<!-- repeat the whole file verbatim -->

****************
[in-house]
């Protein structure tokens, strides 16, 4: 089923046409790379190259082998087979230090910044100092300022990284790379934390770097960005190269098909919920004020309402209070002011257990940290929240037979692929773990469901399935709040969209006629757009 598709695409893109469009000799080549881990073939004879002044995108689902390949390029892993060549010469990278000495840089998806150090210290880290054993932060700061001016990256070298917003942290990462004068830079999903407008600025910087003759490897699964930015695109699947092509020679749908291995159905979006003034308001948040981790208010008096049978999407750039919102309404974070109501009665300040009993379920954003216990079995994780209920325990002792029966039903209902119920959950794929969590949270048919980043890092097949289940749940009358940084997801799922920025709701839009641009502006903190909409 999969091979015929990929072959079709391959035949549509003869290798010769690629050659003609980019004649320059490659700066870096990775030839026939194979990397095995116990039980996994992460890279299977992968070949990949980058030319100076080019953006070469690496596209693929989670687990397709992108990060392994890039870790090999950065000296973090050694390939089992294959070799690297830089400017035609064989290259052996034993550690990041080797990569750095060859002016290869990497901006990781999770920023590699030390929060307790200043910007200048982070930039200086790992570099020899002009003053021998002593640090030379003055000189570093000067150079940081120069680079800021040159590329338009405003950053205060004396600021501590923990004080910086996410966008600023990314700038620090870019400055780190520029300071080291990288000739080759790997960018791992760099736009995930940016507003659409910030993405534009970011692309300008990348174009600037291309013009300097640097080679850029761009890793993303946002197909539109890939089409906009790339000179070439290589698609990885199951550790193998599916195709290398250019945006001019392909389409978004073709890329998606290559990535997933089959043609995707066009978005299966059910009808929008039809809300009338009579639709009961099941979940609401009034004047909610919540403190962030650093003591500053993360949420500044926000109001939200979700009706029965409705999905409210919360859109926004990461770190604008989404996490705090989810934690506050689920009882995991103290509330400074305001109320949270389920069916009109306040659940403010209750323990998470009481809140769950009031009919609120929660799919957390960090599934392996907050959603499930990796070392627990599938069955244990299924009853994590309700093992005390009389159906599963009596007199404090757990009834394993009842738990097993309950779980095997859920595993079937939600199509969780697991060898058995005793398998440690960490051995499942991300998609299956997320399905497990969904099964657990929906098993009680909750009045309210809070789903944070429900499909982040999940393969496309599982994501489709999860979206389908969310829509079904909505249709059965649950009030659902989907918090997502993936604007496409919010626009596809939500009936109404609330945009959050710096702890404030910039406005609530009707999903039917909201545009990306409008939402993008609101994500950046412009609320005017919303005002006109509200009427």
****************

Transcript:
[in-house]
């Protein structure tokens, strides 16, 4: 089923046409790379190259082998087979230090910044100092300022990284790379934390770097960005190269098909919920004020309402209070002011257990940290929240037979692929773990469901399935709040969209006629757009 598709695409893109469009000799080549881990073939004879002044995108689902390949390029892993060549010469990278000495840089998806150090210290880290054993932060700061001016990256070298917003942290990462004068830079999903407008600025910087003759490897699964930015695109699947092509020679749908291995159905979006003034308001948040981790208010008096049978999407750039919102309404974070109501009665300040009993379920954003216990079995994780209920325990002792029966039903209902119920959950794929969590949270048919980043890092097949289940749940009358940084997801799922920025709701839009641009502006903190909409 999969091979015929990929072959079709391959035949549509003869290798010769690629050659003609980019004649320059490659700066870096990775030839026939194979990397095995116990039980996994992460890279299977992968070949990949980058030319100076080019953006070469690496596209693929989670687990397709992108990060392994890039870790090999950065000296973090050694390939089992294959070799690297830089400017035609064989290259052996034993550690990041080797990569750095060859002016290869990497901006990781999770920023590699030390929060307790200043910007200048982070930039200086790992570099020899002009003053021998002593640090030379003055000189570093000067150079940081120069680079800021040159590329338009405003950053205060004396600021501590923990004080910086996410966008600023990314700038620090870019400055780190520029300071080291990288000739080759790997960018791992760099736009995930940016507003659409910030993405534009970011692309300008990348174009600037291309013009300097640097080679850029761009890793993303946002197909539109890939089409906009790339000179070439290589698609990885199951550790193998599916195709290398250019945006001019392909389409978004073709890329998606290559990535997933089959043609995707066009978005299966059910009808929008039809809300009338009579639709009961099941979940609401009034004047909610919540403190962030650093003591500053993360949420500044926000109001939200979700009706029965409705999905409210919360859109926004990461770190604008989404996490705090989810934690506050689920009882995991103290509330400074305001109320949270389920069916009109306040659940403010209750323990998470009481809140769950009031009919609120929660799919957390960090599934392996907050959603499930990796070392627990599938069955244990299924009853994590309700093992005390009389159906599963009596007199404090757990009834394993009842738990097993309950779980095997859920595993079937939600199509969780697991060898058995005793398998440690960490051995499942991300998609299956997320399905497990969904099964657990929906098993009680909750009045309210809070789903944070429900499909982040999940393969496309599982994501489709999860979206389908969310829509079904909505249709059965649950009030659902989907918090997502993936604007496409919010626009596809939500009936109404609330945009959050710096702890404030910039406005609530009707999903039917909201545009990306409008939402993008609101994500950046412009609320005017919303005002006109509200009427």